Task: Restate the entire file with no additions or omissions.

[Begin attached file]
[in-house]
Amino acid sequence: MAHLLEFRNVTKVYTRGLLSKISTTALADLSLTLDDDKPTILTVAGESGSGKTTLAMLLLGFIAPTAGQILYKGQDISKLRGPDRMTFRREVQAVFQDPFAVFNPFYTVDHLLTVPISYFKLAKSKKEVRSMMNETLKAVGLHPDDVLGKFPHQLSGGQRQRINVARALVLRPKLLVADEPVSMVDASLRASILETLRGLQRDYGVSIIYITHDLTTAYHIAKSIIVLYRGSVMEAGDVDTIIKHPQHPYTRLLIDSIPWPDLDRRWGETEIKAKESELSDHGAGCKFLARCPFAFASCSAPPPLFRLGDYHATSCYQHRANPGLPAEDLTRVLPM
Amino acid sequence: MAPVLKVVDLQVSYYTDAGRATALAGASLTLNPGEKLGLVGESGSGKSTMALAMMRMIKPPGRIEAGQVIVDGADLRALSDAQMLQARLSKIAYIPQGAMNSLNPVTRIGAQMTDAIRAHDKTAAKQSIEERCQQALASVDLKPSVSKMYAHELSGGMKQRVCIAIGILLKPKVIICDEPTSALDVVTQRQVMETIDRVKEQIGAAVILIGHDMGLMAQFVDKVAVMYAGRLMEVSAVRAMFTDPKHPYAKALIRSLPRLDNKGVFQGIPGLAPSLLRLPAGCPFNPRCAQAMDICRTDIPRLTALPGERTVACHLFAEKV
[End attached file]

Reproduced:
[in-house]
Amino acid sequence: MAHLLEFRNVTKVYTRGLLSKISTTALADLSLTLDDDKPTILTVAGESGSGKTTLAMLLLGFIAPTAGQILYKGQDISKLRGPDRMTFRREVQAVFQDPFAVFNPFYTVDHLLTVPISYFKLAKSKKEVRSMMNETLKAVGLHPDDVLGKFPHQLSGGQRQRINVARALVLRPKLLVADEPVSMVDASLRASILETLRGLQRDYGVSIIYITHDLTTAYHIAKSIIVLYRGSVMEAGDVDTIIKHPQHPYTRLLIDSIPWPDLDRRWGETEIKAKESELSDHGAGCKFLARCPFAFASCSAPPPLFRLGDYHATSCYQHRANPGLPAEDLTRVLPM
Amino acid sequence: MAPVLKVVDLQVSYYTDAGRATALAGASLTLNPGEKLGLVGESGSGKSTMALAMMRMIKPPGRIEAGQVIVDGADLRALSDAQMLQARLSKIAYIPQGAMNSLNPVTRIGAQMTDAIRAHDKTAAKQSIEERCQQALASVDLKPSVSKMYAHELSGGMKQRVCIAIGILLKPKVIICDEPTSALDVVTQRQVMETIDRVKEQIGAAVILIGHDMGLMAQFVDKVAVMYAGRLMEVSAVRAMFTDPKHPYAKALIRSLPRLDNKGVFQGIPGLAPSLLRLPAGCPFNPRCAQAMDICRTDIPRLTALPGERTVACHLFAEKV